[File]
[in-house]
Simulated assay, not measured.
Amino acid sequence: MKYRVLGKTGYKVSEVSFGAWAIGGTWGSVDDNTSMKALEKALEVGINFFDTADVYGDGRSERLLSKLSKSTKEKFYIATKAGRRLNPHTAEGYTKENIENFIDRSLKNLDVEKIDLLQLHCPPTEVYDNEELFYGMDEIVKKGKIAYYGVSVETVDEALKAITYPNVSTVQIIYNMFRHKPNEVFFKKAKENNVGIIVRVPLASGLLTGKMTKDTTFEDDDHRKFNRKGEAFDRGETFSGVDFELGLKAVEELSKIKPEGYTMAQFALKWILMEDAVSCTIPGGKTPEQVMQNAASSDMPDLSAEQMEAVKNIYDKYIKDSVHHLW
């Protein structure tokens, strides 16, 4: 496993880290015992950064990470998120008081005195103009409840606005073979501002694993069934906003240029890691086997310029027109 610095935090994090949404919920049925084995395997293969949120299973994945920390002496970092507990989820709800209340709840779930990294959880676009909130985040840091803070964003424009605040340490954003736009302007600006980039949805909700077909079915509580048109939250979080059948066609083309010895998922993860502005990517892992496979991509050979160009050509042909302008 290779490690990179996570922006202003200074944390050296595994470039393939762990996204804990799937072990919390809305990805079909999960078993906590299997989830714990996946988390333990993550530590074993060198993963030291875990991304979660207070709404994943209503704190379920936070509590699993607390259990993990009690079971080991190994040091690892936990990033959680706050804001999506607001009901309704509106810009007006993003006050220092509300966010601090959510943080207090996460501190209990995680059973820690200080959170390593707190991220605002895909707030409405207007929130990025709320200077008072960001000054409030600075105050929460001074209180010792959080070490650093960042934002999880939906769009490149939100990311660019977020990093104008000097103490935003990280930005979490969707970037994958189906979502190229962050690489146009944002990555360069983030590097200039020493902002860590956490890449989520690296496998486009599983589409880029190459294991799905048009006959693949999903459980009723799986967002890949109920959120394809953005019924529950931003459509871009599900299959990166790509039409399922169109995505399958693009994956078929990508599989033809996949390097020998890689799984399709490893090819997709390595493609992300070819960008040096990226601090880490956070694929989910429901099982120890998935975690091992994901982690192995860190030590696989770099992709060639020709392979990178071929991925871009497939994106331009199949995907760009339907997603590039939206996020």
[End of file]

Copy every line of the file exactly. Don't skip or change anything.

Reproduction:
[in-house]
Simulated assay, not measured.
Amino acid sequence: MKYRVLGKTGYKVSEVSFGAWAIGGTWGSVDDNTSMKALEKALEVGINFFDTADVYGDGRSERLLSKLSKSTKEKFYIATKAGRRLNPHTAEGYTKENIENFIDRSLKNLDVEKIDLLQLHCPPTEVYDNEELFYGMDEIVKKGKIAYYGVSVETVDEALKAITYPNVSTVQIIYNMFRHKPNEVFFKKAKENNVGIIVRVPLASGLLTGKMTKDTTFEDDDHRKFNRKGEAFDRGETFSGVDFELGLKAVEELSKIKPEGYTMAQFALKWILMEDAVSCTIPGGKTPEQVMQNAASSDMPDLSAEQMEAVKNIYDKYIKDSVHHLW
């Protein structure tokens, strides 16, 4: 496993880290015992950064990470998120008081005195103009409840606005073979501002694993069934906003240029890691086997310029027109 610095935090994090949404919920049925084995395997293969949120299973994945920390002496970092507990989820709800209340709840779930990294959880676009909130985040840091803070964003424009605040340490954003736009302007600006980039949805909700077909079915509580048109939250979080059948066609083309010895998922993860502005990517892992496979991509050979160009050509042909302008 290779490690990179996570922006202003200074944390050296595994470039393939762990996204804990799937072990919390809305990805079909999960078993906590299997989830714990996946988390333990993550530590074993060198993963030291875990991304979660207070709404994943209503704190379920936070509590699993607390259990993990009690079971080991190994040091690892936990990033959680706050804001999506607001009901309704509106810009007006993003006050220092509300966010601090959510943080207090996460501190209990995680059973820690200080959170390593707190991220605002895909707030409405207007929130990025709320200077008072960001000054409030600075105050929460001074209180010792959080070490650093960042934002999880939906769009490149939100990311660019977020990093104008000097103490935003990280930005979490969707970037994958189906979502190229962050690489146009944002990555360069983030590097200039020493902002860590956490890449989520690296496998486009599983589409880029190459294991799905048009006959693949999903459980009723799986967002890949109920959120394809953005019924529950931003459509871009599900299959990166790509039409399922169109995505399958693009994956078929990508599989033809996949390097020998890689799984399709490893090819997709390595493609992300070819960008040096990226601090880490956070694929989910429901099982120890998935975690091992994901982690192995860190030590696989770099992709060639020709392979990178071929991925871009497939994106331009199949995907760009339907997603590039939206996020």